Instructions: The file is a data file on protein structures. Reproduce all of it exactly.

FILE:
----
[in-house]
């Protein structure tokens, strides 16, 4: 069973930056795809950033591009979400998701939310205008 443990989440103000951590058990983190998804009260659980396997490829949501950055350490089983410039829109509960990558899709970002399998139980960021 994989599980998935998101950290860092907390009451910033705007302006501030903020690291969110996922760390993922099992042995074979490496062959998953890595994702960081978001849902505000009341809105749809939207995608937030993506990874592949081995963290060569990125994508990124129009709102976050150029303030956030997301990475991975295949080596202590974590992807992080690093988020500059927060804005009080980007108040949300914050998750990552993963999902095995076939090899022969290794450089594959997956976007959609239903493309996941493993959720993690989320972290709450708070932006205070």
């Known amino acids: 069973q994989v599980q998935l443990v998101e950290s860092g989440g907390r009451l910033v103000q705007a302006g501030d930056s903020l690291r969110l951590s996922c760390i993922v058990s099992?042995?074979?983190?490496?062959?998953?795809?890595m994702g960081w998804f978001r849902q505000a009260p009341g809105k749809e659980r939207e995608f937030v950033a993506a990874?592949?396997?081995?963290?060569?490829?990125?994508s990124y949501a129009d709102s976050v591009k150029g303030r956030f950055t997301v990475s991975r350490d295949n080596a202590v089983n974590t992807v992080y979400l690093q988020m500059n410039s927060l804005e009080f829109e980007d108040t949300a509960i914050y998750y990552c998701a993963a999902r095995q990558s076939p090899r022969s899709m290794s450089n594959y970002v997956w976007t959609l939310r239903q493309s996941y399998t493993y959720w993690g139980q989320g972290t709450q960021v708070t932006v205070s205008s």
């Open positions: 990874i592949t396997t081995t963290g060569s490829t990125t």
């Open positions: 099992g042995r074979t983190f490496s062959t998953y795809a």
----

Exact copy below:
[in-house]
């Protein structure tokens, strides 16, 4: 069973930056795809950033591009979400998701939310205008 443990989440103000951590058990983190998804009260659980396997490829949501950055350490089983410039829109509960990558899709970002399998139980960021 994989599980998935998101950290860092907390009451910033705007302006501030903020690291969110996922760390993922099992042995074979490496062959998953890595994702960081978001849902505000009341809105749809939207995608937030993506990874592949081995963290060569990125994508990124129009709102976050150029303030956030997301990475991975295949080596202590974590992807992080690093988020500059927060804005009080980007108040949300914050998750990552993963999902095995076939090899022969290794450089594959997956976007959609239903493309996941493993959720993690989320972290709450708070932006205070």
């Known amino acids: 069973q994989v599980q998935l443990v998101e950290s860092g989440g907390r009451l910033v103000q705007a302006g501030d930056s903020l690291r969110l951590s996922c760390i993922v058990s099992?042995?074979?983190?490496?062959?998953?795809?890595m994702g960081w998804f978001r849902q505000a009260p009341g809105k749809e659980r939207e995608f937030v950033a993506a990874?592949?396997?081995?963290?060569?490829?990125?994508s990124y949501a129009d709102s976050v591009k150029g303030r956030f950055t997301v990475s991975r350490d295949n080596a202590v089983n974590t992807v992080y979400l690093q988020m500059n410039s927060l804005e009080f829109e980007d108040t949300a509960i914050y998750y990552c998701a993963a999902r095995q990558s076939p090899r022969s899709m290794s450089n594959y970002v997956w976007t959609l939310r239903q493309s996941y399998t493993y959720w993690g139980q989320g972290t709450q960021v708070t932006v205070s205008s």
């Open positions: 990874i592949t396997t081995t963290g060569s490829t990125t």
């Open positions: 099992g042995r074979t983190f490496s062959t998953y795809a």